A few minutes later, as his gaze locks with his daughter's, he adds, "If she asks, I believe I will tell her. I would find it hard to conceal it."

'Faceless' HIV

"Many people have the brutal images of terminally ill patients from the 1980s burned into their consciousness, but the reality of the HIV carriers has changed since then," Barbero-Elkayam, from the AIDS Task Force, says. "Cancer patients are viewed with sympathy and empathy, whereas people who are HIV positive fear social ostracism. The situation is that HIV is 'faceless' - and that only heightens the fear and perpetuates prejudice."

Barbero-Elkayam sees many of the mixed couples at the outset of their relationship. "They meet with me two or three times, which allows both sides to express apprehensions," she says. "The carriers are often afraid they will infect their partner, that the relationship will not be on an equal footing and that people will pity them and protect them - or, on the contrary, will not treat them as equals. I have to say that among couples who kept on with their relationship, the HIV issue plays a very small part."

Do you see a change in the younger generation of carriers?

"Yes. In the past decade the crisis involved in revealing an HIV positive condition has tended to pass very quickly. Young carriers are quicker to share their situation with their close milieu and there is greater boldness in coming out of the 'carrier ghetto' and initiating meetings with non-carriers."

According to Barbero-Elkayam, a revolution is still needed. "Men and women carriers have to come out of the HIV closet," she says. "In Berlin and San Francisco people who are HIV positive are open about it. That is fomenting a change of consciousness and the public is becoming more receptive. It's a chronic illness that can be lived with. The true sickness lies in a society that refuses to change its modes of thought. The 'real' infection is the ignorance or the stigma still associated with the condition of being HIV positive."

Koby, 40, a successful chef with a business of his own, is working on supper at home. His partner, Ilan, a musician of 36, is assisting like a full-fledged sous chef. Aromas waft through the kitchen and there is a domestic sort of atmosphere. Koby was 28 when he discovered he was HIV positive.

"I had a partner from abroad and didn't know he was a carrier," he says. "We practiced safe sex, apart from one evening when we weren't careful. Three weeks later, I got sick. I had pains in my eye sockets and felt nauseous and was terribly weak. I went to an internist and did blood tests, including an HIV test, and a month later the clinic called and asked me to come in."

What was your reaction?

Koby: "I cried. It was the most humiliating thing of my life. I cried in front of a doctor I didn't even know. There was no one with me at that moment. The internist got uptight - I think it was the first time she ever encountered this. She asked dumb questions, like how I got into this and where my mother was. I left and didn't know what to do.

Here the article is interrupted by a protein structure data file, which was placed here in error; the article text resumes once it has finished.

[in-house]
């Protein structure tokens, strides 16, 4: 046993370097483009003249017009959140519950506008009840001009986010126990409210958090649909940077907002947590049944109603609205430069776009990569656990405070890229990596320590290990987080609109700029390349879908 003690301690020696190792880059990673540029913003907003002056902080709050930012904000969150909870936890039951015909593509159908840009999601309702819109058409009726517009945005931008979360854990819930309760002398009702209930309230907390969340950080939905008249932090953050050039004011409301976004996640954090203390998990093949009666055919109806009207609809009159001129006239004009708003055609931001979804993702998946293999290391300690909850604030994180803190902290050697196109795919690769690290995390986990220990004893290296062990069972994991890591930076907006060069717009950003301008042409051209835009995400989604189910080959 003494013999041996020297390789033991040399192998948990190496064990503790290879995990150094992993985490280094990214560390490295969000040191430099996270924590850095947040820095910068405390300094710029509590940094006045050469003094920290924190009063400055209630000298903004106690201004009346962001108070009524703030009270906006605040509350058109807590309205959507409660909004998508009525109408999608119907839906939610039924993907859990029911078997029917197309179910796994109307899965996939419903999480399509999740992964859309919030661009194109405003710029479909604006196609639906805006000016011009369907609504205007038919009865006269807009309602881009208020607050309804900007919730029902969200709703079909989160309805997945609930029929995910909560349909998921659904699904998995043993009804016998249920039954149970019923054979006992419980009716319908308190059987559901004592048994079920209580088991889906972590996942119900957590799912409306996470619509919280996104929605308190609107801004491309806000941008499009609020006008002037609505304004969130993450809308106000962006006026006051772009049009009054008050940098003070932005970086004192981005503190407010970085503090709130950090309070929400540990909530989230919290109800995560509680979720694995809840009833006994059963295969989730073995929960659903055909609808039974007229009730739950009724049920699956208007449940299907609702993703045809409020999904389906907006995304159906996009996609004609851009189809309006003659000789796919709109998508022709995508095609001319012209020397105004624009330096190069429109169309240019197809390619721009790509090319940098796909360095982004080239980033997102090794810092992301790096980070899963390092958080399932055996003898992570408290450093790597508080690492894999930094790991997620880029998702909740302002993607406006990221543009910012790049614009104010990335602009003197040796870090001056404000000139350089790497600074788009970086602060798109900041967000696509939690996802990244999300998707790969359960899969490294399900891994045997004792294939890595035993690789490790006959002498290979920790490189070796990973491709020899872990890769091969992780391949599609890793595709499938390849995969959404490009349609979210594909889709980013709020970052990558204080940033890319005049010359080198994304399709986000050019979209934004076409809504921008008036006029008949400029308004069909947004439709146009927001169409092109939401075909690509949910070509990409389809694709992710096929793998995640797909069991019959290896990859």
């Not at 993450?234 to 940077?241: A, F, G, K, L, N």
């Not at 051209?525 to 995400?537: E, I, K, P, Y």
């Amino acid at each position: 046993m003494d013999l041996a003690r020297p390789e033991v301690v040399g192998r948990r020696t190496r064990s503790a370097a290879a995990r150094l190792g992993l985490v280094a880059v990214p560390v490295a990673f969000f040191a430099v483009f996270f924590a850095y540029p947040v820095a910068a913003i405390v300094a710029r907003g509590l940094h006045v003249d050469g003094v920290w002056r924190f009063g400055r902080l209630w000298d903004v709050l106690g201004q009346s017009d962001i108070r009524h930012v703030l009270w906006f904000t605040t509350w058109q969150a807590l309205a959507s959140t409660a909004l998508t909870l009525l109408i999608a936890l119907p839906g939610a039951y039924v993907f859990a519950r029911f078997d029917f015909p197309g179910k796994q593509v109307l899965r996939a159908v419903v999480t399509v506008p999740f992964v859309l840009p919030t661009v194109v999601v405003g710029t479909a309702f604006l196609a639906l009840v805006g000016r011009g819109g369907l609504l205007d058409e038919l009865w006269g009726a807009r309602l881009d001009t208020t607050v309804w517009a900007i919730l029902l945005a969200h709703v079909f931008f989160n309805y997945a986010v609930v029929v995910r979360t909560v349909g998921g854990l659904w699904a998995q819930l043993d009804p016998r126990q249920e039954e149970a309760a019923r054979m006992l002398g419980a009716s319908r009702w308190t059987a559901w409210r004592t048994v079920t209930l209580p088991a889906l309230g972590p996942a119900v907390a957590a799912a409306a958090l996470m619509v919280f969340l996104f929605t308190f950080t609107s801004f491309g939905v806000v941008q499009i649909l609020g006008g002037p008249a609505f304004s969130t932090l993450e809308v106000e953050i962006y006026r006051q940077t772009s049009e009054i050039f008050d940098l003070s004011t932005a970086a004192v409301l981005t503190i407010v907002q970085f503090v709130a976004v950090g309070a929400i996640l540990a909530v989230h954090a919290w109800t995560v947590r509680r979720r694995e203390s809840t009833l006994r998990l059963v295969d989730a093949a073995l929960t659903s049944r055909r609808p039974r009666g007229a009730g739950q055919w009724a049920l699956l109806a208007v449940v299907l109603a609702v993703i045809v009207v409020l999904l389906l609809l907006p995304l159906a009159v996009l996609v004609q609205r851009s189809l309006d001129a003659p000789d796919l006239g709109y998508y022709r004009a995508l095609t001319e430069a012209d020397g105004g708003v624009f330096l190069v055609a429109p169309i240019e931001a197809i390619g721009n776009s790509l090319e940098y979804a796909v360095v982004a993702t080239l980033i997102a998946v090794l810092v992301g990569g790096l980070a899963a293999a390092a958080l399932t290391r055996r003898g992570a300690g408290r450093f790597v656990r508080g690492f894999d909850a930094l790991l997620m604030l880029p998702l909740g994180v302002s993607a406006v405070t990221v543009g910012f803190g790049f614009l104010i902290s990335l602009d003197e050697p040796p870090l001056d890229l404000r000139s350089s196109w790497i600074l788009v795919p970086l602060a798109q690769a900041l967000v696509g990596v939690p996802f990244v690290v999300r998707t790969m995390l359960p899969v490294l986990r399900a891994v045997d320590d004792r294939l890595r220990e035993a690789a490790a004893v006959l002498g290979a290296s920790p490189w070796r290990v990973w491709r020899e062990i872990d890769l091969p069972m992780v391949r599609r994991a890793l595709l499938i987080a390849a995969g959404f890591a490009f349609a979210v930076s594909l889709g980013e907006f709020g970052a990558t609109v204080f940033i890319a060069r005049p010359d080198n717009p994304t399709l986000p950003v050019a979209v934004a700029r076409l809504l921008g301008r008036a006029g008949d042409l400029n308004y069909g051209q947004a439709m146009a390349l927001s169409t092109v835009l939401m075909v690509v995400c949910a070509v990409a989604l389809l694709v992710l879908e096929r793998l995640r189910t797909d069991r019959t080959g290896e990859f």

"I had a feeling of failure. I am a careful person, a sort of nerd, even conservative. Not a 'good-time Joe.' When someone is ill with cancer or diabetes, people don't judge his way of life. But HIV is identified with drug addicts or with people who conduct a wild, dark sex life. That is not me. I am from a traditionalist-religious family, a very elitist home. As far as possible from all that."

Koby chose to tell his close circle, some other friends and employers that he is HIV positive.

"I am very genuine, that is part of who I am, so I just told them," he says. "Those who loved me loved me even more because of the honesty. I didn't lose any friends and people did not change their attitude toward me."

He told his parents three months after he learned about his condition: "When I told them I was not religious, that was hard. Afterward, to tell them I was gay was also not easy, and after you see how hard they took that, how do you tell them you are HIV positive?" he says. "I went to see them on a Friday and told them before Shabbat, and they simply lapsed into silence and fasted the whole Shabbat. My feeling was that I had to protect them, care for them, defend them. In time they softened and became used to it."

Koby devoted himself to his studies and built himself up economically and professionally. "I didn't want to immerse myself in the HIV mire, so I busied myself doing things, but it was there all the time in the background. All kinds of questions came up: whether to start taking daily medication, whether it would change my life and in what way."